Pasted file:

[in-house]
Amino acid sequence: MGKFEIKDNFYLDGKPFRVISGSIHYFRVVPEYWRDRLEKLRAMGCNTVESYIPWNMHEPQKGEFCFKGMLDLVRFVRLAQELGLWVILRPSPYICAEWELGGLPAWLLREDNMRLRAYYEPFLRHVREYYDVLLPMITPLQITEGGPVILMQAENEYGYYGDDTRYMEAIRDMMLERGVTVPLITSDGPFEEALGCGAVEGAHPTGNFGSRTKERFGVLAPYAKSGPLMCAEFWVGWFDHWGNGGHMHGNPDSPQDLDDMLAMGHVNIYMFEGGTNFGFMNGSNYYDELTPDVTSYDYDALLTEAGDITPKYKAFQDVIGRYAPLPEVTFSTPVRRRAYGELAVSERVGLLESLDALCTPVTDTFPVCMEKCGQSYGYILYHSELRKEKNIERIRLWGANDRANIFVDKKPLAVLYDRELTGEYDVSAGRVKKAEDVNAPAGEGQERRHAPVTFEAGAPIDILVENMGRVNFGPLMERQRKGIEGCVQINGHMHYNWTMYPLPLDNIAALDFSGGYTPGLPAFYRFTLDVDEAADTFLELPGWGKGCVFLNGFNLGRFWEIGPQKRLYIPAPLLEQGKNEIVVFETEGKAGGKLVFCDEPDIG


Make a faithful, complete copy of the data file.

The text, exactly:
[in-house]
Amino acid sequence: MGKFEIKDNFYLDGKPFRVISGSIHYFRVVPEYWRDRLEKLRAMGCNTVESYIPWNMHEPQKGEFCFKGMLDLVRFVRLAQELGLWVILRPSPYICAEWELGGLPAWLLREDNMRLRAYYEPFLRHVREYYDVLLPMITPLQITEGGPVILMQAENEYGYYGDDTRYMEAIRDMMLERGVTVPLITSDGPFEEALGCGAVEGAHPTGNFGSRTKERFGVLAPYAKSGPLMCAEFWVGWFDHWGNGGHMHGNPDSPQDLDDMLAMGHVNIYMFEGGTNFGFMNGSNYYDELTPDVTSYDYDALLTEAGDITPKYKAFQDVIGRYAPLPEVTFSTPVRRRAYGELAVSERVGLLESLDALCTPVTDTFPVCMEKCGQSYGYILYHSELRKEKNIERIRLWGANDRANIFVDKKPLAVLYDRELTGEYDVSAGRVKKAEDVNAPAGEGQERRHAPVTFEAGAPIDILVENMGRVNFGPLMERQRKGIEGCVQINGHMHYNWTMYPLPLDNIAALDFSGGYTPGLPAFYRFTLDVDEAADTFLELPGWGKGCVFLNGFNLGRFWEIGPQKRLYIPAPLLEQGKNEIVVFETEGKAGGKLVFCDEPDIG